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Hal Kibbey
IU Media Relations

Last modified: Thursday, December 4, 2003

Cutting a Christmas tree not always bad if you do it right

EDITORS: The following is the first of a series of holiday features from Indiana University.

BLOOMINGTON, Ind. -- Feel guilty about cutting down a tree for Christmas when we are all being encouraged to plant and conserve trees? If you do it right, cutting your own Christmas tree can actually benefit the environment.

"If someone goes out and indiscriminately cuts an isolated tree, that's bad because each tree of that kind has a niche in the environment. And just cutting off the top of a tall tree is really bad," said Bruce Hronek, director of the National Center for Recreation Resources at Indiana University Bloomington.

"But at a place like a Christmas tree farm where many trees of the same species are competing for space, thinning them by cutting one here and there is good for the rest," Hronek explained. "It's like thinning a row of carrots in a garden so the ones left will grow better."

There are Christmas tree farms in every county in the state, so people who want to cut their own trees have a chance to do it the right way. But it is harmful to the environment when people take their Christmas trees from natural forests, Hronek said, because Indiana is too far south for pines and spruces to be plentiful in the wild.

"In northern Michigan it would be different, but here we don't have wild land that can support that kind of random cutting," he explained.

There are other benefits to cutting your own tree for Christmas. By making it a family event, for example, parents have an opportunity to teach their children about how trees grow and why they are valuable for everyone. Then a Christmas tree can be something to cherish for its own sake, not just a prop for ornaments and presents.

Some people compromise by buying a live tree with its roots in a bag, using it for a few weeks as a Christmas tree and then planting it in their yard so it can resume growing.

"The trouble is that when the tree is brought indoors in December, after a while the warmth makes the tree think it's spring, and it breaks dormancy and begins growing rapidly," Hronek said.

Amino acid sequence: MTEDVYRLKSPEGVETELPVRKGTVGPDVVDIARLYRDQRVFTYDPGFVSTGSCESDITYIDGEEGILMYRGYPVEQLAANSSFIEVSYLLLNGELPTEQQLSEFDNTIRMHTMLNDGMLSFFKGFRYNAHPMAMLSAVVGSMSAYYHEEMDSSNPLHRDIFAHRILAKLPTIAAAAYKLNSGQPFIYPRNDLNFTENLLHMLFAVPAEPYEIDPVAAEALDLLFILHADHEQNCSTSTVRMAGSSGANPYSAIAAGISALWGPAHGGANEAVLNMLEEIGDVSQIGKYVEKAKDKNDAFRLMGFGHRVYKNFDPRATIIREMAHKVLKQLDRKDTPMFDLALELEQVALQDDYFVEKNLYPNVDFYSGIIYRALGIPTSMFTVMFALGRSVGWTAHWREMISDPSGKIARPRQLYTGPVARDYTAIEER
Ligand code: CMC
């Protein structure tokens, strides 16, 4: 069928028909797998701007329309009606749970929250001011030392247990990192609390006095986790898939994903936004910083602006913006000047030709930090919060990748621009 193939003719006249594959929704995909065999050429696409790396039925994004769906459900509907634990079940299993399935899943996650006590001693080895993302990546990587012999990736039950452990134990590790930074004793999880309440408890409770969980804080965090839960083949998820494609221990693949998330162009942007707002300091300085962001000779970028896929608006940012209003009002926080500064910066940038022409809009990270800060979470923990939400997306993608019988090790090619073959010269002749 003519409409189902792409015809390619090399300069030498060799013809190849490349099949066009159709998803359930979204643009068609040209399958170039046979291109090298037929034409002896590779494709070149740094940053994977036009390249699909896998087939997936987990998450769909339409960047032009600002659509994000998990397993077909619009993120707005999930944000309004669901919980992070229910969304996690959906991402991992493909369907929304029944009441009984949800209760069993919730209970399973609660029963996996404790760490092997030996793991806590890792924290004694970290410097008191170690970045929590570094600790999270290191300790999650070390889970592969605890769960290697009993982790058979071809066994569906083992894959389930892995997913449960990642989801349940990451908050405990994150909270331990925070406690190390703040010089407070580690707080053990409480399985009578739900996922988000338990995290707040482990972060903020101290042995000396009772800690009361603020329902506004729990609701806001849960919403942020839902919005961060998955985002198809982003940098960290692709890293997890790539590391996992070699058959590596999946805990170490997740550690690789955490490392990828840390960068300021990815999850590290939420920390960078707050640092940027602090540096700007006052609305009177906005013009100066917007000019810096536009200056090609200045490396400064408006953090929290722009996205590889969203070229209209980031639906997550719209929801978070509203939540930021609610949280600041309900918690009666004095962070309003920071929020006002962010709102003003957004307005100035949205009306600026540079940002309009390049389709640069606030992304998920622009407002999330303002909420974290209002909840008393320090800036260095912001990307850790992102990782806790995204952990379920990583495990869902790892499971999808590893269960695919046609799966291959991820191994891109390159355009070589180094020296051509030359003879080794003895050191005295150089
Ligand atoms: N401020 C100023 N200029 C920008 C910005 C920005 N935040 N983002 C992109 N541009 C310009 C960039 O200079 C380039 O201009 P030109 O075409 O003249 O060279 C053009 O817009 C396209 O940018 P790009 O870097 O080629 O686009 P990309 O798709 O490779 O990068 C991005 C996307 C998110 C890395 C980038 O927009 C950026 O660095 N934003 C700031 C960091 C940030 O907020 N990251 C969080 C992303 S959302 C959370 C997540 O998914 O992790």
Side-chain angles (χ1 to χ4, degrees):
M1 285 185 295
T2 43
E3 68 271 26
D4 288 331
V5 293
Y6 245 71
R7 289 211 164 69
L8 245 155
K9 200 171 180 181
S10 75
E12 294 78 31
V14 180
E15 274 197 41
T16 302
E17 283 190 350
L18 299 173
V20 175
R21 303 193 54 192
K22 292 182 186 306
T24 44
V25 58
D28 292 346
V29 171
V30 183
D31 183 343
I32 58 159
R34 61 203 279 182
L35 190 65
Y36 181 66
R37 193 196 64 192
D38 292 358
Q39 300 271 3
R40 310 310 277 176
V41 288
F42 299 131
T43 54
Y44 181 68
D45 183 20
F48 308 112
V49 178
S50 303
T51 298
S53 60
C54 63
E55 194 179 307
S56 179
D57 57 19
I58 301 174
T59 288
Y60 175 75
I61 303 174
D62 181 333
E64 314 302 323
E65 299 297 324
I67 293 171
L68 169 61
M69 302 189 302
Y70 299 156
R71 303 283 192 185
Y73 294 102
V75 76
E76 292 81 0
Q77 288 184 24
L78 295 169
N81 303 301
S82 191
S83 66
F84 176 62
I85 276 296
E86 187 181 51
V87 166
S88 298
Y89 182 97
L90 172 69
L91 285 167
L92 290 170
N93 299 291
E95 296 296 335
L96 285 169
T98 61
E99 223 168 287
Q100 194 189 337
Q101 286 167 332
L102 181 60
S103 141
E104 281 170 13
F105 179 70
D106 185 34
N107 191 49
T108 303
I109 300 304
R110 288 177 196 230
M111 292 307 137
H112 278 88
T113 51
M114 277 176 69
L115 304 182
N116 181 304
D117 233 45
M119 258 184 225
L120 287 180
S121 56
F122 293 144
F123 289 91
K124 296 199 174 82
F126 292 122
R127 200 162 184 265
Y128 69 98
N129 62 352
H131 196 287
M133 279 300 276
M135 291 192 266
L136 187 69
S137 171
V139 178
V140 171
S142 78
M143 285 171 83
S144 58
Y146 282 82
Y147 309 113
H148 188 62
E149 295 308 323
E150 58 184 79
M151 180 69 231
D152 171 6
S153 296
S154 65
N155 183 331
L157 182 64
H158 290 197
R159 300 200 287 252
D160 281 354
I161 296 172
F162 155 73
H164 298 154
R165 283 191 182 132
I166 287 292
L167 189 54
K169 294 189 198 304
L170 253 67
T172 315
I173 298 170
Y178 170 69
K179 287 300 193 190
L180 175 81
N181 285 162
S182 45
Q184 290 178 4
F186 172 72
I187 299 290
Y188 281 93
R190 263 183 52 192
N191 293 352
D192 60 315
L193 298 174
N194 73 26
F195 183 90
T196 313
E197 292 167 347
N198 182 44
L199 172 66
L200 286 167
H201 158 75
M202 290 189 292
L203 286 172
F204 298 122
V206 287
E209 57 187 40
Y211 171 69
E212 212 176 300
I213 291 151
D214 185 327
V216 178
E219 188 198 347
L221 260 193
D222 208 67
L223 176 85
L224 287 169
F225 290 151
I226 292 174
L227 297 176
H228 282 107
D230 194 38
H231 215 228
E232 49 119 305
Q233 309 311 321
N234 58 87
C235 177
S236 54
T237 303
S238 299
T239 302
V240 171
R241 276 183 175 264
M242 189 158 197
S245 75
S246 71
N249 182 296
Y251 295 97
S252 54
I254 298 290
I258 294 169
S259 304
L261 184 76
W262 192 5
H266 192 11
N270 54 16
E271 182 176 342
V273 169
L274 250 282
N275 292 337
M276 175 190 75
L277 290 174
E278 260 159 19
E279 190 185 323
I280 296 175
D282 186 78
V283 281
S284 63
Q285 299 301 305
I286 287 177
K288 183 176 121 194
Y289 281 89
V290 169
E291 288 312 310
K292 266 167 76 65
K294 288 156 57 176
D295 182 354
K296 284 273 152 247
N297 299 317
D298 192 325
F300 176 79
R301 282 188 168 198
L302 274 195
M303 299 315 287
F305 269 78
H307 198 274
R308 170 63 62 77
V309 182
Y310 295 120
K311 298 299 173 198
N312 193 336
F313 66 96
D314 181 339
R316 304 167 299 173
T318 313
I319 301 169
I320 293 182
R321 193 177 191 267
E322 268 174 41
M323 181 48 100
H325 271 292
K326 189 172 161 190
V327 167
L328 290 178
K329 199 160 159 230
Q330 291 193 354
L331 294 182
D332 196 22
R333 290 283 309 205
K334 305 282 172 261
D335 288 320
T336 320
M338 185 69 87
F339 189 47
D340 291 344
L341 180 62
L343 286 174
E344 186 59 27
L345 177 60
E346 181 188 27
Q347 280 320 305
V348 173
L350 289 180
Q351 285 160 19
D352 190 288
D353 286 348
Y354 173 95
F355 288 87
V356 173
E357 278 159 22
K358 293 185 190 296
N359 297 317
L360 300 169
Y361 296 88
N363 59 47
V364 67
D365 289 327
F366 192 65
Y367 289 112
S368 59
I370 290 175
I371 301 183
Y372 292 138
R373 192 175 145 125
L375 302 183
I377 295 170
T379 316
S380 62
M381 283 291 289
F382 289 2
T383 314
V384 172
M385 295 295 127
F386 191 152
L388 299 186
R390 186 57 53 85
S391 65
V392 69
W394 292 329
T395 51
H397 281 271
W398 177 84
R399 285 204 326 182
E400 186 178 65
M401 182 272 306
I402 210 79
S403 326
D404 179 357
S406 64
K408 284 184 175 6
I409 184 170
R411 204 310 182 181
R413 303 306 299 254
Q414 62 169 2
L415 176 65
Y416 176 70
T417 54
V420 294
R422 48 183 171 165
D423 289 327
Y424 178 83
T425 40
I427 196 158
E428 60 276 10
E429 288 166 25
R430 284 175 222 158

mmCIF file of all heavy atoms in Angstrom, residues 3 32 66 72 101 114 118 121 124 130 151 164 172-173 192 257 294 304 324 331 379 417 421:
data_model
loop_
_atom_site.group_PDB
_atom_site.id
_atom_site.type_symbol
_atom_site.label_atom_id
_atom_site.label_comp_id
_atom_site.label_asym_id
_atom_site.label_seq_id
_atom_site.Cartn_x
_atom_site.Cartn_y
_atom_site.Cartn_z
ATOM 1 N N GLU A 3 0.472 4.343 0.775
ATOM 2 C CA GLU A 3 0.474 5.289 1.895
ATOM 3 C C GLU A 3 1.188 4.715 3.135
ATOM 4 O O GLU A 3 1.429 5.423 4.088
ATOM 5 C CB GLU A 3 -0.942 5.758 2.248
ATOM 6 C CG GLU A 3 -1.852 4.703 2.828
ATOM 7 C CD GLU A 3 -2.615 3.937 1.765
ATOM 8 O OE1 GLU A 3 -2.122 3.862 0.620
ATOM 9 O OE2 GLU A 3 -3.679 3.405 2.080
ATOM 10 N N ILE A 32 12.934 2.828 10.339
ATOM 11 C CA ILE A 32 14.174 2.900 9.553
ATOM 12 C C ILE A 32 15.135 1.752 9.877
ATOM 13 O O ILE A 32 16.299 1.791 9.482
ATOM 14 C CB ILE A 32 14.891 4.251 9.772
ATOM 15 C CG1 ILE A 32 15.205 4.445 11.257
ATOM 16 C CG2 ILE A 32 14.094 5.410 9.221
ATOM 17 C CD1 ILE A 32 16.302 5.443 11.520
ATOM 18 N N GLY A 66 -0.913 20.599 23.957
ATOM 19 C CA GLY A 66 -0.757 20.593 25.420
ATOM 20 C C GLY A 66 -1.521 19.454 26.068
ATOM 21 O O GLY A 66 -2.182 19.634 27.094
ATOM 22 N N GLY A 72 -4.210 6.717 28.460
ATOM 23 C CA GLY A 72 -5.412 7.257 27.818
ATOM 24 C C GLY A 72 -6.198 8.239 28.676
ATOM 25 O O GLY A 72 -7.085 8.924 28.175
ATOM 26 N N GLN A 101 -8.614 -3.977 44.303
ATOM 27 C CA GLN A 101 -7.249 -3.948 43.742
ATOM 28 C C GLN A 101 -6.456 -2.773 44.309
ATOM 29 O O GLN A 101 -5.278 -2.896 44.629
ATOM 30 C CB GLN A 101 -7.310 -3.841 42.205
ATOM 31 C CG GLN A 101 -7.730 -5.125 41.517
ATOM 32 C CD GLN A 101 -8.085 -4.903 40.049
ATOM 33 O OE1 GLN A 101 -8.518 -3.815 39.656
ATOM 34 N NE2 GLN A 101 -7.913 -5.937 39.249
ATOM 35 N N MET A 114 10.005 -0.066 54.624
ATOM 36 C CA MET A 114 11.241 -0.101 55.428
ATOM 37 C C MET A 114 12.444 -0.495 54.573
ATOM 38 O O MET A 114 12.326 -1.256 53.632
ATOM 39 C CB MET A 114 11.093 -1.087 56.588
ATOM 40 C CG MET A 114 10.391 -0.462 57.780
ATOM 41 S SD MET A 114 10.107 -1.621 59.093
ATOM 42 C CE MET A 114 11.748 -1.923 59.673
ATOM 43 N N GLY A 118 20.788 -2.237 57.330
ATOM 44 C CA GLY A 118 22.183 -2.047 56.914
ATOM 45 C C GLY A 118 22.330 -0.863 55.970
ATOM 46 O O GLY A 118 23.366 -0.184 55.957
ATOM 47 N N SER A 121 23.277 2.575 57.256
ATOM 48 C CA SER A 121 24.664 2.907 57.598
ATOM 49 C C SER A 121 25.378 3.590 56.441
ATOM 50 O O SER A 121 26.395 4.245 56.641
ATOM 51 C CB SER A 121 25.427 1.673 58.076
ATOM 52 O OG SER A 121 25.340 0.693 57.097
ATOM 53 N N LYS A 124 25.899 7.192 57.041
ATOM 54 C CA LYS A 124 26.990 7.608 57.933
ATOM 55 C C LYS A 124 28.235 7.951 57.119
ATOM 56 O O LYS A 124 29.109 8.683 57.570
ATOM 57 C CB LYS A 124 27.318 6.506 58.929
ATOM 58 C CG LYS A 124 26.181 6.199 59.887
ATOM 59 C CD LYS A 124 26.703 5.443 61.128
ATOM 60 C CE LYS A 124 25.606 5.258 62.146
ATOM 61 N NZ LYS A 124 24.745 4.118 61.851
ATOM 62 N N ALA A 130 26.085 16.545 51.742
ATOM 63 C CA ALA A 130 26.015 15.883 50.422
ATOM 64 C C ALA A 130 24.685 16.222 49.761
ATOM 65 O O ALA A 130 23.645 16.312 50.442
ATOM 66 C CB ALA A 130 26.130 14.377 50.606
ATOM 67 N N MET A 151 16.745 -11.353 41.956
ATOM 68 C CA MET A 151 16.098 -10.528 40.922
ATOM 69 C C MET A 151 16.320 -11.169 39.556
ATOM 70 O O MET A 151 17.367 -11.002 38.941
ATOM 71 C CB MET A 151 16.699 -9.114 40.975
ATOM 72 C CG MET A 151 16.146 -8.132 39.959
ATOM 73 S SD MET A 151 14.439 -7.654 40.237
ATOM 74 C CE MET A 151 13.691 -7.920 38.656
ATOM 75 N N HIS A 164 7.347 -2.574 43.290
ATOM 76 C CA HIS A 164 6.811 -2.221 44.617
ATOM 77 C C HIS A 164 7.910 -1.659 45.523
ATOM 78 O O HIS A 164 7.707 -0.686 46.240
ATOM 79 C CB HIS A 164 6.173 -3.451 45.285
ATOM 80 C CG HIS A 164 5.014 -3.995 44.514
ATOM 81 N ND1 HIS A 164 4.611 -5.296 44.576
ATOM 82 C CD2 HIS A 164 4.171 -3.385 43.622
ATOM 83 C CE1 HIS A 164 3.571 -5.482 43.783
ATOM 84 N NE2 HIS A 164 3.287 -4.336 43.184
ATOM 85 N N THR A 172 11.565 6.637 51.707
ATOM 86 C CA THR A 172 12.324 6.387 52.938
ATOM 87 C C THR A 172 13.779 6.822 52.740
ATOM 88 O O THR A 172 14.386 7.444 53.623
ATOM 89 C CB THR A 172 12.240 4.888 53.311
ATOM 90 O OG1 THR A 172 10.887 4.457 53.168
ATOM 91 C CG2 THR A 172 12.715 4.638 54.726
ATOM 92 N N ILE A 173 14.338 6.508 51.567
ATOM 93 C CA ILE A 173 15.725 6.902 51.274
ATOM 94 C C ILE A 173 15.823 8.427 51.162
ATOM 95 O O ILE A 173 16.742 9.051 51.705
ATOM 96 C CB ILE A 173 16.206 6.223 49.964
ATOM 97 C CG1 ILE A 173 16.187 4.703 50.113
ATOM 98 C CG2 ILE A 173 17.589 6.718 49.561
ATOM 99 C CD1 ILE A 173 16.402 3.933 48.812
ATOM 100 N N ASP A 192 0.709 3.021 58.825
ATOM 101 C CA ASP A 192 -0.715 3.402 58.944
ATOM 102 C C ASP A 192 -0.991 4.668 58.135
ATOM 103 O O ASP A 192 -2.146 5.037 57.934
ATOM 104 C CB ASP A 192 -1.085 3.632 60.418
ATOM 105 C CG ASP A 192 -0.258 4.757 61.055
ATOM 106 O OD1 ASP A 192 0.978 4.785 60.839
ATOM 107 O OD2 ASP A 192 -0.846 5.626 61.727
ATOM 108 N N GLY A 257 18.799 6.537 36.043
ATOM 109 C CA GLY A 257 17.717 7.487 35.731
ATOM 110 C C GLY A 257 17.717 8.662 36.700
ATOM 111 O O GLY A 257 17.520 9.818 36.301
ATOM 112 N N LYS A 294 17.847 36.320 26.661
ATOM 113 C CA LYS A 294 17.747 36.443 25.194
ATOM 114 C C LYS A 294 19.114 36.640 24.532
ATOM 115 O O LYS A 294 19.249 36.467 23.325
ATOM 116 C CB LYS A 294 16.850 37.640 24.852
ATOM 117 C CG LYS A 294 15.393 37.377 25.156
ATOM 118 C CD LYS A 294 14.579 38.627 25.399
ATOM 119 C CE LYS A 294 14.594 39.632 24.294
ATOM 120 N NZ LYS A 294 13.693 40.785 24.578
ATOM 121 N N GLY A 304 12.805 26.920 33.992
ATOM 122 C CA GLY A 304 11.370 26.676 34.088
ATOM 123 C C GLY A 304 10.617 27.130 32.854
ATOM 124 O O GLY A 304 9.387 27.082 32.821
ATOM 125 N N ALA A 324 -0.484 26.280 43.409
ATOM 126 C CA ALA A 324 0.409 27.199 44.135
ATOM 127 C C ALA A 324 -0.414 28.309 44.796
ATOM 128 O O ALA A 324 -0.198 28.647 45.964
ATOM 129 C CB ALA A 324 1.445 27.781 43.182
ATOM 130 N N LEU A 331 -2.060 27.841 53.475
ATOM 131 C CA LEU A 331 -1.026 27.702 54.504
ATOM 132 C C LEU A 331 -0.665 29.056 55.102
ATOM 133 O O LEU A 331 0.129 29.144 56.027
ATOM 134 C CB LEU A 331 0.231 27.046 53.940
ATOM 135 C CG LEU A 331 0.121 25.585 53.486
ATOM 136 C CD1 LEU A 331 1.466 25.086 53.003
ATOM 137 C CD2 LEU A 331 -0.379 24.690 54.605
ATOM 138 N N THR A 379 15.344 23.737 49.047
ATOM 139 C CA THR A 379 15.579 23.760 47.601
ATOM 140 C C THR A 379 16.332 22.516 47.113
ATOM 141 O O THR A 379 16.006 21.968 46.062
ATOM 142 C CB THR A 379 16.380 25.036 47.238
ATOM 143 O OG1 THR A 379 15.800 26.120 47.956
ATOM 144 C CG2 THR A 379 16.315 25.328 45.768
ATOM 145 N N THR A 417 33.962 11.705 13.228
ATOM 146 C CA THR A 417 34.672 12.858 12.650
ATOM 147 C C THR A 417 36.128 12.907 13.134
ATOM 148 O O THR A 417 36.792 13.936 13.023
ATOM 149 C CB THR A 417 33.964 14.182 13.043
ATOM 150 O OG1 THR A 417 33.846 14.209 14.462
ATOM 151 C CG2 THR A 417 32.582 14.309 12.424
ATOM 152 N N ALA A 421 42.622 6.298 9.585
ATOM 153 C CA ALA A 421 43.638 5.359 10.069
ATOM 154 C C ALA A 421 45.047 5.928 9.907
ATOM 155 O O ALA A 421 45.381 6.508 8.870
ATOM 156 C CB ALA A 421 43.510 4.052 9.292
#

"Then when the tree is planted outdoors in January, its cells that expanded for new growth are killed by the cold. If that happens in the spring because of a late freeze, the tree can start over again in the warm weather. But in the winter it can't start over again because everything stays frozen, and the tree ends up being killed. Trees that are treated like that have a low rate of survival," he said.

The only way around the problem is to leave the tree outdoors for the entire time it is used as a Christmas tree, he said. Then it will remain dormant and will not be harmed by cold when it is replanted, though it may still have a hard time because so many of its roots are missing.

One possibility is to plant such a tree in the yard and then each year decorate it for Christmas with various kinds of food for wildlife. Delicacies such as suet balls, cranberries, popcorn and pine cones dipped in fat can be combined with traditional Christmas lights to make a festive tree that also benefits animals in the area, especially when a cover of snow makes their regular food hard to find.

Land under electric power lines has been shown to be a place where future Christmas trees can be beneficial during the time they are growing to the height at which they will be cut, Hronek said.

"The trees grow in an area that otherwise would be unused, providing scenic and environmental benefits without getting so tall that they become a hazard to the power lines," he explained. "When they reach 10 to 12 feet in height, which is when they have their best market value, they are cut and the process starts over again."